Autonomous robots will soon take over mundane tasks, like setting tables, but that requires training. MIT researchers have designed a system that enables robots to learn complicated tasks using a new “Planning with Uncertain Specifications” (PUnS) system. This gives them humanlike planning ability to simultaneously weigh many ambiguous requirements to reach an end goal. Read more for a video and additional information.
For this specific task, the research team compiled a dataset with information about how eight objects — a mug, glass, spoon, fork, knife, dinner plate, small plate, and bowl — could be placed on a table in various configurations. A robotic arm first observed randomly selected human demonstrations of setting the table with the objects and then the researchers tasked it with automatically setting a table in a specific configuration, in real-world experiments and in simulation, based on what it had seen.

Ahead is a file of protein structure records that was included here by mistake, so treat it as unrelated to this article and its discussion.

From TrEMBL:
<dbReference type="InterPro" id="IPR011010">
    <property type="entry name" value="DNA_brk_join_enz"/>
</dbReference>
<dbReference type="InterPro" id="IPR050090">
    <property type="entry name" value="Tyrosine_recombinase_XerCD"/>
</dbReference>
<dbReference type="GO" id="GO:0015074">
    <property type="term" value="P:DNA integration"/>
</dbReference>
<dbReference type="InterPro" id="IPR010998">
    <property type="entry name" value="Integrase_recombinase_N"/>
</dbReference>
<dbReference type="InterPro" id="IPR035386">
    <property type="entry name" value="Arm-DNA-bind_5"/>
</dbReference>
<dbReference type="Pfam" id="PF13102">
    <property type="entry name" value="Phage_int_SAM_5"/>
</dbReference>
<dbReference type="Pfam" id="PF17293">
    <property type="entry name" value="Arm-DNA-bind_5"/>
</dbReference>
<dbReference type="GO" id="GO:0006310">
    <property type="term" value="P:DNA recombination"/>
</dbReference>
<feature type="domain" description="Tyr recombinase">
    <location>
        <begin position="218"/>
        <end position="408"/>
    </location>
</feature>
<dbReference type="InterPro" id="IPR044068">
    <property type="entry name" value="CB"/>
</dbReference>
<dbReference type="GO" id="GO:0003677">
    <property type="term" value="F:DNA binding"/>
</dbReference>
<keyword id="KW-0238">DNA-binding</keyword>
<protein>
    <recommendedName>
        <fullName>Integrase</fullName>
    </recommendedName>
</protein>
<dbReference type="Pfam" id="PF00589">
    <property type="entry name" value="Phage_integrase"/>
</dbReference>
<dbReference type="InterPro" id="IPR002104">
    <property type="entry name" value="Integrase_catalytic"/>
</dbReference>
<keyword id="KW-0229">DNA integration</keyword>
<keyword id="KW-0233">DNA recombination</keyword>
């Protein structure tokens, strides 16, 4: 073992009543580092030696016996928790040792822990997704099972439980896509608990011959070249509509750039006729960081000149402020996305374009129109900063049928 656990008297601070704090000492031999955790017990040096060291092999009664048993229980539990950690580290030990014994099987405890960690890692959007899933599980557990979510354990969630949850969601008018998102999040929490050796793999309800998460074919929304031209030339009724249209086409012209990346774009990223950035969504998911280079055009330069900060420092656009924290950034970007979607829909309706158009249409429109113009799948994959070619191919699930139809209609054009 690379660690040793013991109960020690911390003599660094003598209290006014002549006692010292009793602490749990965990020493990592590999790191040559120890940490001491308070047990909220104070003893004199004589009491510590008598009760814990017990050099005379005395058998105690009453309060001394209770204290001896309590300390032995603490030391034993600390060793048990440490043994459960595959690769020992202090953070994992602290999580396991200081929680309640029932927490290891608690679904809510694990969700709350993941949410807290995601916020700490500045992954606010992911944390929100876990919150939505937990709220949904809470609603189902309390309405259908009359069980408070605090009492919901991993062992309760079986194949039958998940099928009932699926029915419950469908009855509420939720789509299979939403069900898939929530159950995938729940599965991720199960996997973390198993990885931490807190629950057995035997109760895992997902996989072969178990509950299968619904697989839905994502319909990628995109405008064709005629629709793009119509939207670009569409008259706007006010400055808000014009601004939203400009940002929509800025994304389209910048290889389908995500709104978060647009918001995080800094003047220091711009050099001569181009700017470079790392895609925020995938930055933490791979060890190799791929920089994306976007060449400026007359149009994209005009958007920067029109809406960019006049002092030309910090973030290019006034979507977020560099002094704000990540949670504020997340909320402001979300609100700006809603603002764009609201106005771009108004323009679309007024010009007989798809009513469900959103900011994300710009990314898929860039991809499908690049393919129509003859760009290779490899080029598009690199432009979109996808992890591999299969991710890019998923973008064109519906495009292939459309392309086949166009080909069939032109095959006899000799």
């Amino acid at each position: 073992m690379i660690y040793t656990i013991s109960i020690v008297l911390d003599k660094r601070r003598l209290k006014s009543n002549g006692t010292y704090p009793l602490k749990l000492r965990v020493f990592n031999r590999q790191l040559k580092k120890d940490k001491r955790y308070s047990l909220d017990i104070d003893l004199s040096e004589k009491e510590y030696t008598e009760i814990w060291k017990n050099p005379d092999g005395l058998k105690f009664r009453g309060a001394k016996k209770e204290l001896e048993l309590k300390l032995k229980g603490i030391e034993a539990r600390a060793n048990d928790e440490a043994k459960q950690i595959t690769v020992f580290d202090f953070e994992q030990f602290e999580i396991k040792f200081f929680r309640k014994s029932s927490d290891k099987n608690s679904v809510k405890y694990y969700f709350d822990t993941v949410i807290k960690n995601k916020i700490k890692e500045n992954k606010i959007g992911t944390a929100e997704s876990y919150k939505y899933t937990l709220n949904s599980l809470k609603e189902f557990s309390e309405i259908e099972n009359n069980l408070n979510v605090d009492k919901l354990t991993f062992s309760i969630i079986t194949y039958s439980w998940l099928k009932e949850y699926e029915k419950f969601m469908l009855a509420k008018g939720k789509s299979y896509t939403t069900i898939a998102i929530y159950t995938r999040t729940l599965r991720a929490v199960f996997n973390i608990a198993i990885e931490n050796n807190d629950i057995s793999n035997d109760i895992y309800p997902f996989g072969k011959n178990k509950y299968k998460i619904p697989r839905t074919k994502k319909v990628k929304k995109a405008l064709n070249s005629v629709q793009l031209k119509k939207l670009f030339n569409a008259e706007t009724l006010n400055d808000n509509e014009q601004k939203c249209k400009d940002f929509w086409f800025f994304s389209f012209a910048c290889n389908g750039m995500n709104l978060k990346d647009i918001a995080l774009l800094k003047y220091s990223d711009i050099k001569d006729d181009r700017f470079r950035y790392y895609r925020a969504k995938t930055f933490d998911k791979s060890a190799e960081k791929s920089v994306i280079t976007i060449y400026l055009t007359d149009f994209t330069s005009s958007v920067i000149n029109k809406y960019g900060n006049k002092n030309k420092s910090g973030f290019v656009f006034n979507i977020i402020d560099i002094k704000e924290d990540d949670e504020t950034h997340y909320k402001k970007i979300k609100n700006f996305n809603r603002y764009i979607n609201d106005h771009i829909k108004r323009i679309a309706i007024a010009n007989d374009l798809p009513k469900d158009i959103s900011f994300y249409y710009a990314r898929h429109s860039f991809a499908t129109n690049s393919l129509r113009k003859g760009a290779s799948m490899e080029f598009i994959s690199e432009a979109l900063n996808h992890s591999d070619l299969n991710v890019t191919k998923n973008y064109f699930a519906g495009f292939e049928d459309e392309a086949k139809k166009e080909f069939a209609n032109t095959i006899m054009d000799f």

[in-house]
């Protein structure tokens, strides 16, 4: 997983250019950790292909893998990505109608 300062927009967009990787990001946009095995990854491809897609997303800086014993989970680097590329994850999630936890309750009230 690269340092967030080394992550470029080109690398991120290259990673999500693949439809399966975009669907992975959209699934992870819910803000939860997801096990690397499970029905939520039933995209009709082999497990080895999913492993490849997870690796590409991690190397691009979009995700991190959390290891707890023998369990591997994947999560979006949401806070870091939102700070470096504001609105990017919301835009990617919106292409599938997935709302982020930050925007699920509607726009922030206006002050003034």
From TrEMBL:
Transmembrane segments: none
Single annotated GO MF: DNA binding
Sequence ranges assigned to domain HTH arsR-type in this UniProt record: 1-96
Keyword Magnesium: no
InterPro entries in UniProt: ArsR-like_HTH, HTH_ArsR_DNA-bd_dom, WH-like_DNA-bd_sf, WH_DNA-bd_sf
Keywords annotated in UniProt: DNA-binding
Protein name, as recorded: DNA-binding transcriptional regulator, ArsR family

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The vision is to put programming in the hands of domain experts, who can program robots through intuitive ways, rather than describing orders to an engineer to add to their code. That way, robots won’t have to perform preprogrammed tasks anymore. Factory workers can teach a robot to do multiple complex assembly tasks. Domestic robots can learn how to stack cabinets, load the dishwasher, or set the table from people at home,” said first author Ankit Shah, a graduate student in the Department of Aeronautics and Astronautics (AeroAstro) and the Interactive Robotics Group.